Unfortunately, most homeowners have no idea what kind of sewer pipe they have, until they have cause to dig it up. However, when you are purchasing a home, there is no harm in asking the seller to disclose this information if they happen to be aware of it. If they've had to dig up a septic, have had a sewer line inspection, or have trenched the yard for other reasons, there's a possibility that they've had a sneak peak at what kind of sewer pipe you are buying.
If the house is in an older development, with houses built by the same builder, you can also pose the question to the neighborhood via Facebook or Nextdoor, as you likely have what they have. Otherwise, you'll have to be prepared for a number of possibilities based on the year your house was built.
In addition to old age and corrosion, sewer lines can be compromised by tree roots. If there are large trees within 20 feet of your sewer line (or more, depending on the tree) you could be facing major problems in the future, if they're not silently causing one as we speak. But the longevity of your sewer pipes will be greatly dependent on what they are made of. Each of the common pipe materials have different expected useful lives, though external factors such as climate and the vicinity of trees can shorten the lifespan of the pipe.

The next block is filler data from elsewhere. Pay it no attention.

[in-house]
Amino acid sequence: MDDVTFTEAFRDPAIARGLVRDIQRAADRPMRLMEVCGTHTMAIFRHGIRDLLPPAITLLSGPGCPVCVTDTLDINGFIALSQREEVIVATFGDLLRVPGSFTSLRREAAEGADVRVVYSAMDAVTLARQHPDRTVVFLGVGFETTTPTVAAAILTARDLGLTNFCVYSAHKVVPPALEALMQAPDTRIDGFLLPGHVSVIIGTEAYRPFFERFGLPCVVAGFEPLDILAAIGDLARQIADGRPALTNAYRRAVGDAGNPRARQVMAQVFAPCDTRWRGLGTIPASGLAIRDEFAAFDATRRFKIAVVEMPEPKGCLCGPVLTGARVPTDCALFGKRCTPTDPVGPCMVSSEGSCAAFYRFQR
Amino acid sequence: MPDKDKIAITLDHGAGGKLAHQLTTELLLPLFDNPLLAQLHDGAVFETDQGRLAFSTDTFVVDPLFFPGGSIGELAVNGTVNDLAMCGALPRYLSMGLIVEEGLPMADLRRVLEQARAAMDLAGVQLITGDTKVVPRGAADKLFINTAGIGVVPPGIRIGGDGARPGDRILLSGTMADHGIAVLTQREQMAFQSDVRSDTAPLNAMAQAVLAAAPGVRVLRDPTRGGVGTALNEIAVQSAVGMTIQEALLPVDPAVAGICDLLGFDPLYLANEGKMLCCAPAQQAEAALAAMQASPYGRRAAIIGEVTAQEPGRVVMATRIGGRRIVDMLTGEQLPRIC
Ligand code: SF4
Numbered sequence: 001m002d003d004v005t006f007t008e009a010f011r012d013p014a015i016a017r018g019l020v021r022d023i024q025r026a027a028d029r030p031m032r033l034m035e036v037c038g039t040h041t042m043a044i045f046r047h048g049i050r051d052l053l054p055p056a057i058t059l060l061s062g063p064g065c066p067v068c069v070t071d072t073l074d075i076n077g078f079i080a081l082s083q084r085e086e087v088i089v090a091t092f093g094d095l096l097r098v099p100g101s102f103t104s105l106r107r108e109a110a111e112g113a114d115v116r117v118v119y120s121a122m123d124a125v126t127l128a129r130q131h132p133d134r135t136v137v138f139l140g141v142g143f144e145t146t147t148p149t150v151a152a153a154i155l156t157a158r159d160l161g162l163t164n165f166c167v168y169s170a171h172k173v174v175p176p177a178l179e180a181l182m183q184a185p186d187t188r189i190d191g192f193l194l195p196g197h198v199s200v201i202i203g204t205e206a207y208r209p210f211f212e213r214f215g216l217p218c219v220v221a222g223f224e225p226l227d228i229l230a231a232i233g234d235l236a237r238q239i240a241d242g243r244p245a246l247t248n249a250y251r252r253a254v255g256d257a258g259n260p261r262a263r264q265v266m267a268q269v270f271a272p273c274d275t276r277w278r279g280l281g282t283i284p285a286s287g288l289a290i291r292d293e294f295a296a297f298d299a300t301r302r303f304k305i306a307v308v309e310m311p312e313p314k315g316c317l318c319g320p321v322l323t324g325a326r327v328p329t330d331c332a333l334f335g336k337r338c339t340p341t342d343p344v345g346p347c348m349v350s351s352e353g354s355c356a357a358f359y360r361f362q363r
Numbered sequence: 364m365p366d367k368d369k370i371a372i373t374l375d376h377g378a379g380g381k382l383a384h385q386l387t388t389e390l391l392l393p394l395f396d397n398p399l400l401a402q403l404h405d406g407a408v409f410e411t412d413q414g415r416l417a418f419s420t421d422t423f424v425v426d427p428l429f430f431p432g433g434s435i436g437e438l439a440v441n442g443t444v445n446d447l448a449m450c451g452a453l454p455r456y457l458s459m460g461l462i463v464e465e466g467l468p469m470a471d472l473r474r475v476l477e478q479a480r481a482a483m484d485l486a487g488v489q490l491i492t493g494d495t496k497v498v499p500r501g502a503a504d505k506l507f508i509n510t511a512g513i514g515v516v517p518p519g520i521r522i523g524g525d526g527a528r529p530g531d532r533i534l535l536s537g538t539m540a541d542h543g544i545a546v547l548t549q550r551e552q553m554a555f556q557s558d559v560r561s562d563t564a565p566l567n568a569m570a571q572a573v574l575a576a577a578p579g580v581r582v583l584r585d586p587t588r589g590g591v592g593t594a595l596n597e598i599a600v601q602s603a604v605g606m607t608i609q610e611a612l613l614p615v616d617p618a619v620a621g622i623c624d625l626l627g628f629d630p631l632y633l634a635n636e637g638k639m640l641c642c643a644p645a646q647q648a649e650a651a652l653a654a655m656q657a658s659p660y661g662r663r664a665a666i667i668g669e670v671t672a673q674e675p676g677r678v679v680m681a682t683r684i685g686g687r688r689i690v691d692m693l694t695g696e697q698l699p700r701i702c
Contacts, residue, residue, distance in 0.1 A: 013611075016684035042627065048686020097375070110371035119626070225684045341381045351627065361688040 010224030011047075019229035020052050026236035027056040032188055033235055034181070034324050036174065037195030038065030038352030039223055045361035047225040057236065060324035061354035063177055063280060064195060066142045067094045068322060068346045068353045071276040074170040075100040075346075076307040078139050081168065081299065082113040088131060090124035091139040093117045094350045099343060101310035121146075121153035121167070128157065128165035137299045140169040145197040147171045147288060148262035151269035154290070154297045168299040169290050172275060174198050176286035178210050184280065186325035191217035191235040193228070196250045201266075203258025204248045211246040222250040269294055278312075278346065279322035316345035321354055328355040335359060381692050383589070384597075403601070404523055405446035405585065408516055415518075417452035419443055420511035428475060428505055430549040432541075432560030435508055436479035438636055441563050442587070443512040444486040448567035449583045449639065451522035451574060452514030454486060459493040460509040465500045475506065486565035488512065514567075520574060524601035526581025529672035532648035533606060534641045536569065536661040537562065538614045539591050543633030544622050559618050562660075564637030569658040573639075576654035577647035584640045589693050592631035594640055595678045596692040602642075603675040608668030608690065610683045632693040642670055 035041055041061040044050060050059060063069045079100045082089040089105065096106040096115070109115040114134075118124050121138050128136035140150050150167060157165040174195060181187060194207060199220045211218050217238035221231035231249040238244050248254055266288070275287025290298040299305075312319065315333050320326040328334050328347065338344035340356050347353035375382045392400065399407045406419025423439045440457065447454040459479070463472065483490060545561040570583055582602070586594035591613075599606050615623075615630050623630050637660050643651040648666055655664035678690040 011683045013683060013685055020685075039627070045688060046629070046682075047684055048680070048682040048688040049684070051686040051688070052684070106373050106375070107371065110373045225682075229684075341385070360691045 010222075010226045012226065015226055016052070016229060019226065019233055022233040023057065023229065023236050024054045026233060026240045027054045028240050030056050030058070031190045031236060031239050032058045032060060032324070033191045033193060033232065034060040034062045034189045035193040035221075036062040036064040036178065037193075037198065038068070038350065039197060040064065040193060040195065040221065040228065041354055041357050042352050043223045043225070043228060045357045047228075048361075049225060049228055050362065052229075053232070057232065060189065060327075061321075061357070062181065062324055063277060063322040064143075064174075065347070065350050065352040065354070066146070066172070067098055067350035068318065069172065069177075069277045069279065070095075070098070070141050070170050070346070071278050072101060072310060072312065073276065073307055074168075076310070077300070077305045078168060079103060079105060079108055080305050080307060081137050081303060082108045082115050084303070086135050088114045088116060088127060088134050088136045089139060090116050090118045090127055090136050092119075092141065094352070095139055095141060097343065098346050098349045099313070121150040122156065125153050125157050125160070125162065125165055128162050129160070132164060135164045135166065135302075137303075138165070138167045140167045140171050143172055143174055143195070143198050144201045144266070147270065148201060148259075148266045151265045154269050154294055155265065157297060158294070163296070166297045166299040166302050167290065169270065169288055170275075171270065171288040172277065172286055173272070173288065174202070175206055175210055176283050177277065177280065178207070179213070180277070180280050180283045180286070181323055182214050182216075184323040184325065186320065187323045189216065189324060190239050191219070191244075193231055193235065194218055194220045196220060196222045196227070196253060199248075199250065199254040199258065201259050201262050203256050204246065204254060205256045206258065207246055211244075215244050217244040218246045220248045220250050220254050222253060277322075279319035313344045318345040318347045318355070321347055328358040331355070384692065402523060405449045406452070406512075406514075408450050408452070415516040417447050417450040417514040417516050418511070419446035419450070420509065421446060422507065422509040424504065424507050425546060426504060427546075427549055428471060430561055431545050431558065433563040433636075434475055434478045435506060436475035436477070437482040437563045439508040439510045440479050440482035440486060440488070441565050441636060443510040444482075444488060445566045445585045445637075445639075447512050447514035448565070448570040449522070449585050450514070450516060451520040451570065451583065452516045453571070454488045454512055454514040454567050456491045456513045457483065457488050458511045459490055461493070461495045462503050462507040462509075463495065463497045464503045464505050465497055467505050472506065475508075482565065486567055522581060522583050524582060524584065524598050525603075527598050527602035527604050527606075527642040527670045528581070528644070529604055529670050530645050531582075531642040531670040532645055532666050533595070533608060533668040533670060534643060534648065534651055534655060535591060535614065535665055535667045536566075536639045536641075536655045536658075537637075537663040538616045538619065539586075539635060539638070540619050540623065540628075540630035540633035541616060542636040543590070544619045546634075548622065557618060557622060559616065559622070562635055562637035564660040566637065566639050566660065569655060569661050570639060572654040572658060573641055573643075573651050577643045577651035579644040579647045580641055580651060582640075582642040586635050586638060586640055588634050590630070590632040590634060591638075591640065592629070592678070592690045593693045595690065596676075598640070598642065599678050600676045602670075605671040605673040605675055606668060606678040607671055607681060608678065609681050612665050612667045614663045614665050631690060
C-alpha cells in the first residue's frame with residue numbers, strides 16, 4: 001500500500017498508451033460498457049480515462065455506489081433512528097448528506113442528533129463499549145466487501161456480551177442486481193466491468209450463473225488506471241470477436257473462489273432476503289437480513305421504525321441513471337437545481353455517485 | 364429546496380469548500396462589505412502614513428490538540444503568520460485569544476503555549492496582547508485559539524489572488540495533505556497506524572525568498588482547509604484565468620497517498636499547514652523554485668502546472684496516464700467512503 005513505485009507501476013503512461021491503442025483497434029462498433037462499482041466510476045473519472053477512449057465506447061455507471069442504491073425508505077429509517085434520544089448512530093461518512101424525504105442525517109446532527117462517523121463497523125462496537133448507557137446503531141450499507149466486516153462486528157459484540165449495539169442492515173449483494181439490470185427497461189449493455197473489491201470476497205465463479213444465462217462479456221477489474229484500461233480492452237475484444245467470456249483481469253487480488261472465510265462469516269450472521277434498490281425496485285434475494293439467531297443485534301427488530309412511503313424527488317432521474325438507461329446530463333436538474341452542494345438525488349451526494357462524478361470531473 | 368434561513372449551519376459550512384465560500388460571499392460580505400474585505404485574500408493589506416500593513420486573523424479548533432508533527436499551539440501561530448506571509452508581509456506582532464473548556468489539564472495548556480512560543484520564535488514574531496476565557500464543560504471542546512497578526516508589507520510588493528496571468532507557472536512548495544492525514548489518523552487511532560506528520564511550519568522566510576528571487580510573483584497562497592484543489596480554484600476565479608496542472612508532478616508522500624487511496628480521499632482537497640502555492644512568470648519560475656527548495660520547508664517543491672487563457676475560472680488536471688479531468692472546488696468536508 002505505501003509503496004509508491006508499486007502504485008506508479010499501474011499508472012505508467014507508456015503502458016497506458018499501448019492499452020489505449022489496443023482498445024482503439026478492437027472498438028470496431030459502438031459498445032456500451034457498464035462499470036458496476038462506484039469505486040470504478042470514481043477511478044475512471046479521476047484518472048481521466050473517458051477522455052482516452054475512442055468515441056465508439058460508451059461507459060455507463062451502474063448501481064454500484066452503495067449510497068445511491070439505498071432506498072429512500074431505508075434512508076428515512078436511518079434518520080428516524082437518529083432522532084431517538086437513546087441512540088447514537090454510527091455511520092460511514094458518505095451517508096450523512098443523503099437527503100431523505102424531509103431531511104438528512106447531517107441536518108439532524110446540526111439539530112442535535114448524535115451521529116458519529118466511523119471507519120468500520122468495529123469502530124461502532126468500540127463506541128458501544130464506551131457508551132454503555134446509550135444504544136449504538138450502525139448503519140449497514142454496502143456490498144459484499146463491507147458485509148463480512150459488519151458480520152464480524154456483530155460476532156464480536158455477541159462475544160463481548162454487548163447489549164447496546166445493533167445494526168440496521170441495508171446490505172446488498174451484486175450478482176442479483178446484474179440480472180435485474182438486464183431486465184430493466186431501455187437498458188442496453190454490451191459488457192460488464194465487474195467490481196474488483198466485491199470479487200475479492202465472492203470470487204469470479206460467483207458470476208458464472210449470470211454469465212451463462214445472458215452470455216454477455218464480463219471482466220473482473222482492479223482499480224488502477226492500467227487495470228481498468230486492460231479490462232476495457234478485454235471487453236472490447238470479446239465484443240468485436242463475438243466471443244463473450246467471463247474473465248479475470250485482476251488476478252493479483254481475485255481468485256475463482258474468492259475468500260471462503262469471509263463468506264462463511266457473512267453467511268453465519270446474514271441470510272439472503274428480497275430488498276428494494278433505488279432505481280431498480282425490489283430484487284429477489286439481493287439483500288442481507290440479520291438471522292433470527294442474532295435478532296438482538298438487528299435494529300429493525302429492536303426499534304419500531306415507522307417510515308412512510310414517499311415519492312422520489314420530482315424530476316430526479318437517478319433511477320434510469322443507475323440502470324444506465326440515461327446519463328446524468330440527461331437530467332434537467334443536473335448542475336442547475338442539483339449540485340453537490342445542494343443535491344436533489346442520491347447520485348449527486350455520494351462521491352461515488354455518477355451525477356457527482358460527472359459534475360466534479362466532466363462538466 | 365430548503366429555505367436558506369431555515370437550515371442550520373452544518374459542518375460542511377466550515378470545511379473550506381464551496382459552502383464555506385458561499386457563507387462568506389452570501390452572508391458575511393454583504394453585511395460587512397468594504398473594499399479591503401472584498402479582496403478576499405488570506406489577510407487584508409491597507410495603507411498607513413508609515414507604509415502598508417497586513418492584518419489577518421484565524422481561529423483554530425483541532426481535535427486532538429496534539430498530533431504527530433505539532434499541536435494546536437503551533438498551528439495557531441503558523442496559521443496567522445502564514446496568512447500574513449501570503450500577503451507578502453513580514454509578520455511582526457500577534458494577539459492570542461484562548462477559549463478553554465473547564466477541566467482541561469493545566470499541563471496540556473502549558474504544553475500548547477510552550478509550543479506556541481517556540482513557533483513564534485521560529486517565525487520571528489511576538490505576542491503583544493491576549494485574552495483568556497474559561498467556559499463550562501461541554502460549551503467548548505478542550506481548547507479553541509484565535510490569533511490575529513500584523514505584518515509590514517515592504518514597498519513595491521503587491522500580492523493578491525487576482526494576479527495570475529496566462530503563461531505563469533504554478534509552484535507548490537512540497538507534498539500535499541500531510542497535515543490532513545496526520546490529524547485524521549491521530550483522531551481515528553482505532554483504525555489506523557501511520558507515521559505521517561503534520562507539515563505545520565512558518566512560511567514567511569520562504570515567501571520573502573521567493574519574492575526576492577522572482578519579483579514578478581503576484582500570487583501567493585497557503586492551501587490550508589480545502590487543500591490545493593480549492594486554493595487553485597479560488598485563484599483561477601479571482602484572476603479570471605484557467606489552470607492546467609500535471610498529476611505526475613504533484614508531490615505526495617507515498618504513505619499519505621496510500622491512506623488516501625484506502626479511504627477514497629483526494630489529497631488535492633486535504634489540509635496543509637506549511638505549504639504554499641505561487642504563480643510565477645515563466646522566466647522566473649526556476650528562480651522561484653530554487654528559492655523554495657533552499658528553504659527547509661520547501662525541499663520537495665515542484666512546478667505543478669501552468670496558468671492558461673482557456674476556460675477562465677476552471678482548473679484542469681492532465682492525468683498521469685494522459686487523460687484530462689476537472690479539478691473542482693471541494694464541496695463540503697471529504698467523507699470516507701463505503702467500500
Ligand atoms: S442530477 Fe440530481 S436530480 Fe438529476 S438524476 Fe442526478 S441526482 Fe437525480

The Various Older Sewer Lines that Can be Found in Older Homes:
Transite Sewer Pipes: Also known as AC Pipes (Asbestos-Cement Pipes.) These were installed primarily between the 50's and 70's, and while relatively resistant to corrosion, the technology for connecting these pipes was not as reliable then as today, which can lead to leaks and failures at the joints. The lifespan of these pipes is about 70 years. If you have a 1950 pipe, then look out for failure after the year 2020.
Clay Sewer Pipes: Clay pipes typically last between 50-60 years. They have been in use since about 4000 BC in the widely agreed upon birthplace of city plumbing: Babylonia. While you are not likely to find any Babylonian age clay pipes, it's not uncommon to find these in homes built prior to the 50's and occasionally in homes as late as the 70's.
Cast Iron Sewer Pipes: These were installed most often between the 50's and 70's and will last 75-100 years in most residential applications, so you can expect your 1950 Cast Iron Pipe to fail as early as the year 2025.
Orangeburg Sewer Pipes: These pipes begin to deform after 30 years and tend to fail after 50. Orangeburg pipe was used from 1860 until the 1972. If you have an orangeburg pipe, you should anticipate a failure in the next few years.
Lead Sewer Pipes: Lead sewer pipes can last 100 years, but they are not without their dangers. Lead pipes are gray in color and can be easily scratched with a knife. If you have lead pipes, you will want to replace them immediately, as they can leach lead into the water supply.
PVC Sewer Pipes: If you have PVC sewer pipes, thank your lucky stars. These pipes should last a good 100 years. PVC started rolling out in the 40s, so the year 2040, if you have a 1940's PVC pipe, is when you need to start worrying. (However, failure to take care of your pipes properly can always result in an early failure.